• Short walks from Wirral Villages
    The 30 short circular walks in this book have been written with the non-serious walker in mind, varying in length from just 1 to 4¾ miles (1.5km to 7.5km). Each walk has something of interest to discover — you will visit the site of an ancient port now completely dried out and over a mile inland; a seafront with neither sand nor sea; a wild, wooded river valley in the heart of industrial Merseyside and a lowland heath with wide views to the Welsh hills
  • Circular walks in Wirral
    Circular Walks in Wirral will take you to some of Wirral’s most peaceful and scenic corners, and outlines 17 walks exploring Wirral's finest countryside spread throughout the peninsula.
  •  WINNER OF TGO’s ‘BEST GUIDEBOOK’ AWARD 2013 This award-winning book of short circular walks explores the ten most amazing historic sites in the Lake District. It may not seem obvious at first, but the rich human heritage of the area we now call the Lake District is evident all around us as we walk the fells and dales. From the enigmatic monuments built by prehistoric peoples to the industrial scars left in more modern times, centuries of human habitation have left their mark on this landscape. Keep your eyes and your imagination open, and you will come to realise that every step you take is a step through time. A worthy winner.
  • This lovely little book will take you on ten short circular walks through the finest woods and forests in the Lake District People seem to be drawn to trees, be they part of a landscape that has existed for centuries or planted in more modern times. There is something special about being in among their sturdy trunks, surrounded by a rich understorey with the sunlight piercing the canopy high above. In the Lake District, there is a huge variety of woodland — and no matter what their origins, what tree types grow there or how they have been managed, that extraordinary atmosphere never fails to nourish the soul.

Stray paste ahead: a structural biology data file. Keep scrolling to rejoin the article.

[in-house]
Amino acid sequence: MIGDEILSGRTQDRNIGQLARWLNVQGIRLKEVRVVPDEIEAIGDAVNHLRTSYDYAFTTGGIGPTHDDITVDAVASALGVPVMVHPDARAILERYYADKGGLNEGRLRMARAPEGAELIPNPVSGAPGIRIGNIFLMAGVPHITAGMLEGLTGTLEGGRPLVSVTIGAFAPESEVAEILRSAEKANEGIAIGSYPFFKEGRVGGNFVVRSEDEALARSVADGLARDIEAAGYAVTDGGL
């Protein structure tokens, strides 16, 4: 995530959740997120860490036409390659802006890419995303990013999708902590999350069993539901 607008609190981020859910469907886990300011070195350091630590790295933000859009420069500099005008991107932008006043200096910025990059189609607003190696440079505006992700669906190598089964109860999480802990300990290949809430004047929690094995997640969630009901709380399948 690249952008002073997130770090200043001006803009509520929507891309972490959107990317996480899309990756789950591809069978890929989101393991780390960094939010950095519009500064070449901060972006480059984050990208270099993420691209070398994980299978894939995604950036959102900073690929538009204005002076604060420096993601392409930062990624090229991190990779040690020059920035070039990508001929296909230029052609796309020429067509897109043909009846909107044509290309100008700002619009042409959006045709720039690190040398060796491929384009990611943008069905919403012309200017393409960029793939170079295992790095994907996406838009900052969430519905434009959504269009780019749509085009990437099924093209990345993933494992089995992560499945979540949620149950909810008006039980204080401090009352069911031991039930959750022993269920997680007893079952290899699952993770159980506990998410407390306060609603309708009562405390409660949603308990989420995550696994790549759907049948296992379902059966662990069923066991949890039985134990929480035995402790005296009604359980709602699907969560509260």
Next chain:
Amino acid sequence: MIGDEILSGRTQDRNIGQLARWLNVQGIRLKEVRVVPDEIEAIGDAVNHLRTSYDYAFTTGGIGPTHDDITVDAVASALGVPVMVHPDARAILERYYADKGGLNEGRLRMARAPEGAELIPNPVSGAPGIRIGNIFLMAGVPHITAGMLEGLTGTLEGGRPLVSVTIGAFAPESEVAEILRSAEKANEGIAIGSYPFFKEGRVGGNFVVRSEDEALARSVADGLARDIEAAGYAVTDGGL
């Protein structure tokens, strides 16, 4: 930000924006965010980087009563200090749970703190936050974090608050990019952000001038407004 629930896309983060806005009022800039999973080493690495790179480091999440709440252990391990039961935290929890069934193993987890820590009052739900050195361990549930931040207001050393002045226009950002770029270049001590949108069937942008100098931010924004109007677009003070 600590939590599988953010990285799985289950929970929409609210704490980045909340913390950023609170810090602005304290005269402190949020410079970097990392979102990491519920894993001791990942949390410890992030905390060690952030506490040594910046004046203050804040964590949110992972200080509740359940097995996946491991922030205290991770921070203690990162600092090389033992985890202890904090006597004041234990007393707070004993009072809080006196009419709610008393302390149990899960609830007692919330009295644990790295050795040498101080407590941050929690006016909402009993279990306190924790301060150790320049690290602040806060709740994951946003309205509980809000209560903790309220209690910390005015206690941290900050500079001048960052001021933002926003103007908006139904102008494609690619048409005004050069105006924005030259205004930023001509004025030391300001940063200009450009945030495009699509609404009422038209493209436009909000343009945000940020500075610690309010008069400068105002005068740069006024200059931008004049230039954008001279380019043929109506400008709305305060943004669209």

• This Official Guide to the Llŷn Peninsula section of the Wales Coast Path contains everything local and long-distance walkers need. The Llŷn offers some of the finest coastal walking in North Wales. Its distinctive landscape is characterised by traditional farms, compact villages and volcanic hills encircled by the ever-present sea. Along the way, you'll pass Iron Age hillforts, pilgrims' churches, medieval castles, a hidden valley, a pub on the beach, tiny coves, sandy bays and Bardsey island balanced at the tip of this ancient 'Land's End of Wales'. Keep an eye out, too, for seabirds, wild goats, choughs, seals, dolphins, wildflowers and butterflies. The Llŷn coast path really is a walkers' paradise.  
  • Top 10 Walks: Yorkshire Dales: Pub Walks
    This lovely little book will take you on short circular walks to some of the Yorkshire Dales' most distinctive pubs and inns. The pubs of the Yorkshire Dales reflect both the area and the local people: occasionally gritty and challenging, sometimes uncompromising but essentially hugely welcoming and full of character. Some of England’s best watering holes stand here beside country lanes and village greens as they have for centuries past, gathering and exuding that unique amalgam which defines a pub. The flagged floors, the winter fires, the lamplight pooling onto lanes through bottle-glass windows, the quirky bars; that happy jigsaw of time and place which makes rambling to and between them one of life’s great pleasures.